1. This is an application revision by Mir Chhittan who has been sentenced to imprisonment for a period of three months under Sections 143 and 298, Indian Penal Code. The charge against him was that he had slaughtered a cow in broad daylight in full view of the houses of Hindus. His defence was that the cow had been slaughtered at night. It has been found as a fact by the Courts below that the cow was slaughtered in the manner alleged by the prosecution, that is, in an old ruined house in the village. The argument here is that this act did not amount to an offence under Section 298 Indian Penal Code, because a cow was not an object within the meaning of the section. Two rulings have been brought to my notice, but neither of them is in point because they deal with the meaning of the word ''object' in Section 295, Indian Penal Code. Section 298, Indian Penal Code, is much wider in its scope and includes, I think, any action which is known to wound the religious feelings of others. It is unnecessary to describe the terms of the section in grea; detail. The applicant on the facts found must have known that the killing of the cow in the presence of Hindus would lead to a wounding of their religious feelings and he must be supposed to have intended the necessary consequences of his acts.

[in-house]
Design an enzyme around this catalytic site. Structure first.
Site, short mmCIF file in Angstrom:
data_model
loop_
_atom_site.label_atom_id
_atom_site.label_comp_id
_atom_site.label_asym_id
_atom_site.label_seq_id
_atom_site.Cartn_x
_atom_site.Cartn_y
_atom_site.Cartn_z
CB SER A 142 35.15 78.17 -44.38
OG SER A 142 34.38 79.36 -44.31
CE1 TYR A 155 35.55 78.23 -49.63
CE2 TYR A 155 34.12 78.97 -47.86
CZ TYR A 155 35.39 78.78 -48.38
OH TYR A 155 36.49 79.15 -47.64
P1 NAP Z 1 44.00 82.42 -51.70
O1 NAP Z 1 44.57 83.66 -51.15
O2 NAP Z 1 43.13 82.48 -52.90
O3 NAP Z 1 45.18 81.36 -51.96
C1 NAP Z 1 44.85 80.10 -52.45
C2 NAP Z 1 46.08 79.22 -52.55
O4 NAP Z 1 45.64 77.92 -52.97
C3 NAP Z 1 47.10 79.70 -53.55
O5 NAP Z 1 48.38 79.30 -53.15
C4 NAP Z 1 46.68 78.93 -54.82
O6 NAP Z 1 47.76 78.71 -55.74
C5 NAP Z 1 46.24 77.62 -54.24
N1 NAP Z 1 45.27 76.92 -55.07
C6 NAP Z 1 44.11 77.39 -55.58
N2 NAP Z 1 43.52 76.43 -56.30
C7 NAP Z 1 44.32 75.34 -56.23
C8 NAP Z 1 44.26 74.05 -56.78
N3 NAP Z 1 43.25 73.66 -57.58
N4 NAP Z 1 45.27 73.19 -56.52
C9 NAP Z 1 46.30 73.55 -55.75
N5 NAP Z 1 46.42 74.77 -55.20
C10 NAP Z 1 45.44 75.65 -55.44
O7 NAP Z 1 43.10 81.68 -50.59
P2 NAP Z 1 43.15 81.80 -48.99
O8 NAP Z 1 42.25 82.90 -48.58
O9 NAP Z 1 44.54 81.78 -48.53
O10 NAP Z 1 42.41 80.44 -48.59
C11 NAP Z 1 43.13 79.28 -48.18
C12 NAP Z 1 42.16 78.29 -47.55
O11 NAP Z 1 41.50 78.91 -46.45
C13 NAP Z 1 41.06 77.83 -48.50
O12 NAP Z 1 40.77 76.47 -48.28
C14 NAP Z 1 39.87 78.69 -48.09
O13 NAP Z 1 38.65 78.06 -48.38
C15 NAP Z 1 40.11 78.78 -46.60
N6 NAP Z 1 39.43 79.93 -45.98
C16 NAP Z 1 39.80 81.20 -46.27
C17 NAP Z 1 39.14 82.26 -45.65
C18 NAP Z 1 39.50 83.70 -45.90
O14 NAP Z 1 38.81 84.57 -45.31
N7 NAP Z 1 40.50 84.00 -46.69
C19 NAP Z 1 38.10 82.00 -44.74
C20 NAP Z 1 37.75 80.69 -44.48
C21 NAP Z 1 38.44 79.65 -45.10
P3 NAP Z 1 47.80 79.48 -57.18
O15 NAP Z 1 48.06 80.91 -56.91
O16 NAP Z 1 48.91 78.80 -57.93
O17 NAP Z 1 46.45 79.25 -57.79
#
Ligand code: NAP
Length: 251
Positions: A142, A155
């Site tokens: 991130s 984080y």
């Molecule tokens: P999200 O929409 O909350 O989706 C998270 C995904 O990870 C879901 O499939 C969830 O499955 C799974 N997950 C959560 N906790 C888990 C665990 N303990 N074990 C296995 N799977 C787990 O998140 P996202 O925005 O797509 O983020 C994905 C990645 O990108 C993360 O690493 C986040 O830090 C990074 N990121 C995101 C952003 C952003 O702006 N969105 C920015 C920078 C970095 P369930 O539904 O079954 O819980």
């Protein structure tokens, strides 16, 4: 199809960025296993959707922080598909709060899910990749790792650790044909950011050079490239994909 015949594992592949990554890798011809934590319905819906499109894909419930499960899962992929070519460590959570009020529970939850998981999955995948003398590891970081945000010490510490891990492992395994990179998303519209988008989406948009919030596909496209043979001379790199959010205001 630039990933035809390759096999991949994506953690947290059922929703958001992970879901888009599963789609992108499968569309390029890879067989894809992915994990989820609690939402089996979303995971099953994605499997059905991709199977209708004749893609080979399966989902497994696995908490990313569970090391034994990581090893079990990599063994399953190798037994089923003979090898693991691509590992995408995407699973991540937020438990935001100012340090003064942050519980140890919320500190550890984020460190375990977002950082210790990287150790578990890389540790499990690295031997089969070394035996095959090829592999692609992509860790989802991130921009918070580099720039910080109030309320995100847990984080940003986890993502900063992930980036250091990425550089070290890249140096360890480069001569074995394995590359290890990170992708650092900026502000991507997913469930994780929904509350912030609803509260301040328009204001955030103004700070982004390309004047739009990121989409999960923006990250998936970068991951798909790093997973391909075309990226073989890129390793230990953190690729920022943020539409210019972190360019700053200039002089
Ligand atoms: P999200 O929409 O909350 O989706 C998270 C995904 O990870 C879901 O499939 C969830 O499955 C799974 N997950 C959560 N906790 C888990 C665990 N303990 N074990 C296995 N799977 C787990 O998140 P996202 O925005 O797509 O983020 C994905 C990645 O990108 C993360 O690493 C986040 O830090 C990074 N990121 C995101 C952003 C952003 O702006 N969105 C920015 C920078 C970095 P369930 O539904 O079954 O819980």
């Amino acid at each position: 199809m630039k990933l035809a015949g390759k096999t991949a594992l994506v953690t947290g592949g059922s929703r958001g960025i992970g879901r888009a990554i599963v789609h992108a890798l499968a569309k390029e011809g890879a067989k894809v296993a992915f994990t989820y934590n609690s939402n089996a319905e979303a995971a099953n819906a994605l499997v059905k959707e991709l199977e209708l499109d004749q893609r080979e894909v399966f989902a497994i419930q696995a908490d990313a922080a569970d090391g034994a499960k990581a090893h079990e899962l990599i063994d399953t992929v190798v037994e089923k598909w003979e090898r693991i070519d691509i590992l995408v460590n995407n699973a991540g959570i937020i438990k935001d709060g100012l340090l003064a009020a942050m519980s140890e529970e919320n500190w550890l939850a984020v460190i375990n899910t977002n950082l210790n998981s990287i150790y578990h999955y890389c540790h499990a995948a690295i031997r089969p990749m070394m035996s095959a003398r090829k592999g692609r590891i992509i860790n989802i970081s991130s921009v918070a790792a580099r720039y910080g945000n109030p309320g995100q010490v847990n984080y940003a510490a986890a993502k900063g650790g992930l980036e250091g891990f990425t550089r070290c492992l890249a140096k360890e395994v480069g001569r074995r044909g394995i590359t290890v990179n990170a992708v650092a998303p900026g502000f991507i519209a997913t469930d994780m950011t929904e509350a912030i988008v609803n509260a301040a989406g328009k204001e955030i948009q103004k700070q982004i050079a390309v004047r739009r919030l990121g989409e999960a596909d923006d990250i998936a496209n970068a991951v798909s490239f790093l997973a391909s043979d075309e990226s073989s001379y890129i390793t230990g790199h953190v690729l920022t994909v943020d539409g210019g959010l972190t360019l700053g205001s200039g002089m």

2. It has been argued that he really wanted the meat of the cow for a wedding feast and that he had no desire to wound the feelings of any person. Motive is not to-be confused with intention. If a man knows that a certain consequence will follow from his act it must be presumed in law that he intended that consequence to take place although he may have had some quite different ulterior motive for performing the act. The applicant certainly had a legal right to kill the cow, but he was bound to perform that act, if he performed it in a public place, in such a manner as not to injure the feelings of others. I reject the application. The applicant will surrender to his bail and serve out his sentence.